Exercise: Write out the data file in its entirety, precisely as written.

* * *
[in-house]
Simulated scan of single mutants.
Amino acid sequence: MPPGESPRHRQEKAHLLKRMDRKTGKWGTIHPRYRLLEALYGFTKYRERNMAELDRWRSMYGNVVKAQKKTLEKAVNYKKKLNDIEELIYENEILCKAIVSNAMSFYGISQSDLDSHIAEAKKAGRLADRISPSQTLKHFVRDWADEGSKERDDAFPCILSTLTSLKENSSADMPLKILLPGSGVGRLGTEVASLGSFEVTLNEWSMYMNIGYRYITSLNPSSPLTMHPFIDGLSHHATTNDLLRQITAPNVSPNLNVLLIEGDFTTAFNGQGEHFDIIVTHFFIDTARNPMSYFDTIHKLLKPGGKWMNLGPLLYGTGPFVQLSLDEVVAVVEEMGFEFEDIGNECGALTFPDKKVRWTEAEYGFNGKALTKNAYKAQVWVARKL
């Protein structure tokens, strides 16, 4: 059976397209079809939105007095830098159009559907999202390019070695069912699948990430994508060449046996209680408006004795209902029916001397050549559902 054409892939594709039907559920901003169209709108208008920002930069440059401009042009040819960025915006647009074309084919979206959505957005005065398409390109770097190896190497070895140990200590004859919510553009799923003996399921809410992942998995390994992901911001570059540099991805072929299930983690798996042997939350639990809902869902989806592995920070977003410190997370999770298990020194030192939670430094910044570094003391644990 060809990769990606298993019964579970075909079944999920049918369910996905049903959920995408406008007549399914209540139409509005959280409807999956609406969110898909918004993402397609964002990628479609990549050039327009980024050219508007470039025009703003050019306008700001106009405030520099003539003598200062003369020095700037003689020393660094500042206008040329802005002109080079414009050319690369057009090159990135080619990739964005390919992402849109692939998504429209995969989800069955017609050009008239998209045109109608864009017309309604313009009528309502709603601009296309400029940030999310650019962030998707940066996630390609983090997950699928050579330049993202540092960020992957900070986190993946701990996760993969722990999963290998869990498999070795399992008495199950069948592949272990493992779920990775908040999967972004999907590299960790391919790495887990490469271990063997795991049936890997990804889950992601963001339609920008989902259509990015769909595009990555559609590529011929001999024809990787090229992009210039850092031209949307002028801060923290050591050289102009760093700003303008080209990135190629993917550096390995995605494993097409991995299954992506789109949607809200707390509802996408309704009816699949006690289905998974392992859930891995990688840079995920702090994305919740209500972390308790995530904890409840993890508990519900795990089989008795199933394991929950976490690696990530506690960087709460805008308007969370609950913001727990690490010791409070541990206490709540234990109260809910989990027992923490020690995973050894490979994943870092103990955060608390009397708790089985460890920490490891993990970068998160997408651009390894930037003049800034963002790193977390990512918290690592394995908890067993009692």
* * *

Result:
[in-house]
Simulated scan of single mutants.
Amino acid sequence: MPPGESPRHRQEKAHLLKRMDRKTGKWGTIHPRYRLLEALYGFTKYRERNMAELDRWRSMYGNVVKAQKKTLEKAVNYKKKLNDIEELIYENEILCKAIVSNAMSFYGISQSDLDSHIAEAKKAGRLADRISPSQTLKHFVRDWADEGSKERDDAFPCILSTLTSLKENSSADMPLKILLPGSGVGRLGTEVASLGSFEVTLNEWSMYMNIGYRYITSLNPSSPLTMHPFIDGLSHHATTNDLLRQITAPNVSPNLNVLLIEGDFTTAFNGQGEHFDIIVTHFFIDTARNPMSYFDTIHKLLKPGGKWMNLGPLLYGTGPFVQLSLDEVVAVVEEMGFEFEDIGNECGALTFPDKKVRWTEAEYGFNGKALTKNAYKAQVWVARKL
């Protein structure tokens, strides 16, 4: 059976397209079809939105007095830098159009559907999202390019070695069912699948990430994508060449046996209680408006004795209902029916001397050549559902 054409892939594709039907559920901003169209709108208008920002930069440059401009042009040819960025915006647009074309084919979206959505957005005065398409390109770097190896190497070895140990200590004859919510553009799923003996399921809410992942998995390994992901911001570059540099991805072929299930983690798996042997939350639990809902869902989806592995920070977003410190997370999770298990020194030192939670430094910044570094003391644990 060809990769990606298993019964579970075909079944999920049918369910996905049903959920995408406008007549399914209540139409509005959280409807999956609406969110898909918004993402397609964002990628479609990549050039327009980024050219508007470039025009703003050019306008700001106009405030520099003539003598200062003369020095700037003689020393660094500042206008040329802005002109080079414009050319690369057009090159990135080619990739964005390919992402849109692939998504429209995969989800069955017609050009008239998209045109109608864009017309309604313009009528309502709603601009296309400029940030999310650019962030998707940066996630390609983090997950699928050579330049993202540092960020992957900070986190993946701990996760993969722990999963290998869990498999070795399992008495199950069948592949272990493992779920990775908040999967972004999907590299960790391919790495887990490469271990063997795991049936890997990804889950992601963001339609920008989902259509990015769909595009990555559609590529011929001999024809990787090229992009210039850092031209949307002028801060923290050591050289102009760093700003303008080209990135190629993917550096390995995605494993097409991995299954992506789109949607809200707390509802996408309704009816699949006690289905998974392992859930891995990688840079995920702090994305919740209500972390308790995530904890409840993890508990519900795990089989008795199933394991929950976490690696990530506690960087709460805008308007969370609950913001727990690490010791409070541990206490709540234990109260809910989990027992923490020690995973050894490979994943870092103990955060608390009397708790089985460890920490490891993990970068998160997408651009390894930037003049800034963002790193977390990512918290690592394995908890067993009692």